7. Speaking of SUPERMAN ON THE COUCH, my buddy Danny Fingeroth also wrote a terrific book about Jews and comics called DISGUISED AS CLARK KENT. Highly recommend!

    8. I don't know. Superman on the Couch was pretty good. However, I have heard a bit about DISGUISED AS CLARK KENT, and I don't think I will look into it.

      From what I've gathered, and keep in mind I haven't read it, it is based around the idea that Judaism was the basis for the industry, or at least eh superhero part of it. This is something I have heard many times before, and that I quite frankly flat out disagree with.

      Two examples are a fighting of Nazis before WWII, despite the fact that from what I've gathered the first open to do this was Namor... who was created by an old money WASP. And a parallel between Superman and Moses. Of course that lat one is completely ridiculous, given that the two do the complete opposite. And I really don't understand how anyone can make that connection past a very... not important.

      The fact is I think that it takes away from the personal experiences and visions of the individual. Specifically in an attempt to claim an American art form as primarily responsible for one subsection.

      Men of Tomorrow, which I highly recommend, shows a picture of(with the exception of maybe Will Eisner) a group of people who considered them selves Jewish, but were not intensely connected... at least not at that time.

      Jerry Siegel for instance was far more interested in pulp and science fiction, which explains why Superman was originally supposed to be from the future, before it was revised.

      For that matter, Superman was mostly inspired by Doc Savage and the powers of Hugo Danner, and Batman was originally a straight up rip off of the Shadow. All of which created by gentiles.

      In fact there is a deeper possible explanation for all of this. New forms of Judaism were actually formed in the late 19th century, because younger Jews felt a pull toward the emerging American culture, and away from many of the traditions. That is why many of the tenants became more loose.

      I admitted may be a bit sensitive to this, given that I have had Jews tell me (including a Rabbi once) that a mixed heritage makes me not really a member of teh tribe.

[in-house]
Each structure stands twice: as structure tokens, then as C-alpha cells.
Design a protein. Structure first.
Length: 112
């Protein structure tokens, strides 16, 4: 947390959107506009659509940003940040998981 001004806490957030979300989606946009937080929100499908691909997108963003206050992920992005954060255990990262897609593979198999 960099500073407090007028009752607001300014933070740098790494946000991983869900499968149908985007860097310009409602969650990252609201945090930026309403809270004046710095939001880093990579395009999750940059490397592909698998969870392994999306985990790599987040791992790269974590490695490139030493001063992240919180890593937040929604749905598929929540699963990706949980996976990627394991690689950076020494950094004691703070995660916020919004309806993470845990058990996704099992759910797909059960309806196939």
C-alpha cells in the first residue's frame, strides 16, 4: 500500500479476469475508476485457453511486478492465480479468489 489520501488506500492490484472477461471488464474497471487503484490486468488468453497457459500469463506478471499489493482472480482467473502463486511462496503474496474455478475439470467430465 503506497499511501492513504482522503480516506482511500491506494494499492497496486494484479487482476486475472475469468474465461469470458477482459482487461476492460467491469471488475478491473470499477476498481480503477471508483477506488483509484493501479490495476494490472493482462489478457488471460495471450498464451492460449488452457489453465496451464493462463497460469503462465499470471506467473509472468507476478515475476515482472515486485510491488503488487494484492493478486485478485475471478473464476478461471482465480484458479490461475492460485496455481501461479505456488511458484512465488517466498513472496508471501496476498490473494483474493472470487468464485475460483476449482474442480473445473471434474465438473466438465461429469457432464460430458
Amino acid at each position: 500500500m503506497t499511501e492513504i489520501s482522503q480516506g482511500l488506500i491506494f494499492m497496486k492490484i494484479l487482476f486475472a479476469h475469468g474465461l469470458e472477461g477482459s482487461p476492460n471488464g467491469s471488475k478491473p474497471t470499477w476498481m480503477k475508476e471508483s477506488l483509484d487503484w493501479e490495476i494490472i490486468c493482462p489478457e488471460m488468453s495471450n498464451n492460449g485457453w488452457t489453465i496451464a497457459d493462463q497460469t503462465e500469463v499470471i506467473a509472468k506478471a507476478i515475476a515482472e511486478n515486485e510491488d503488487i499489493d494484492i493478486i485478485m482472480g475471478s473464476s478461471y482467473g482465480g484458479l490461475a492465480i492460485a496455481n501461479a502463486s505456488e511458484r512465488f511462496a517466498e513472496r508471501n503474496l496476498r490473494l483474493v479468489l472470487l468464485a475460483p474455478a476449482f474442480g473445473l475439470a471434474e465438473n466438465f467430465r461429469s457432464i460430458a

However, I would argue, that a mixed heritage gives me a unique perspective, and an ability to see it neither from the outside and having to take people' word for it, nor as someone who very much wants it to be something they can claim.

      Of course, it is not uncommon for people to make such connections, and fell more connected to a passion. And yes, every part of a person helps for their voice. But to say anything other than the individual is a driving force seems in accurate and a bit unrealistic.

      I think the name gives mot of my view away "Disguised as Clark Kent." I have heard people imply that this was an intentional symbol for Jews having to change thing in public to live among gentiles without persecution.

      However, Siegel lived lived in a predominantly Jewish neighborhood. Which doesn't take away form that, but certainly muddies the water a bit. More importantly though, on record is that he was a shy nerd who wrote a lot, like say... Clark Kent. I think that is a more likely basis.

      Interesting side note though, Clark Kent comes from the names Doc Clark Savage and Kent "The Shadow" Allard.

      Whatever happened to it just being a product of good old American boys. Which is actually another issue I have with the idea, pushing that narrative implies that Jews are more different than other ethnic groups in America.


    9. Didn't know that about Clark Kent!

      I'd give Danny's book a read before passing judgement. I think you'll find it fascinating, even if you don't agree with everything in it.

    10. I'm sure it is well written, and I do enjoy reading/hearing/watching different views than mine. So, maybe... one day.

      I don't think this conversation is over though.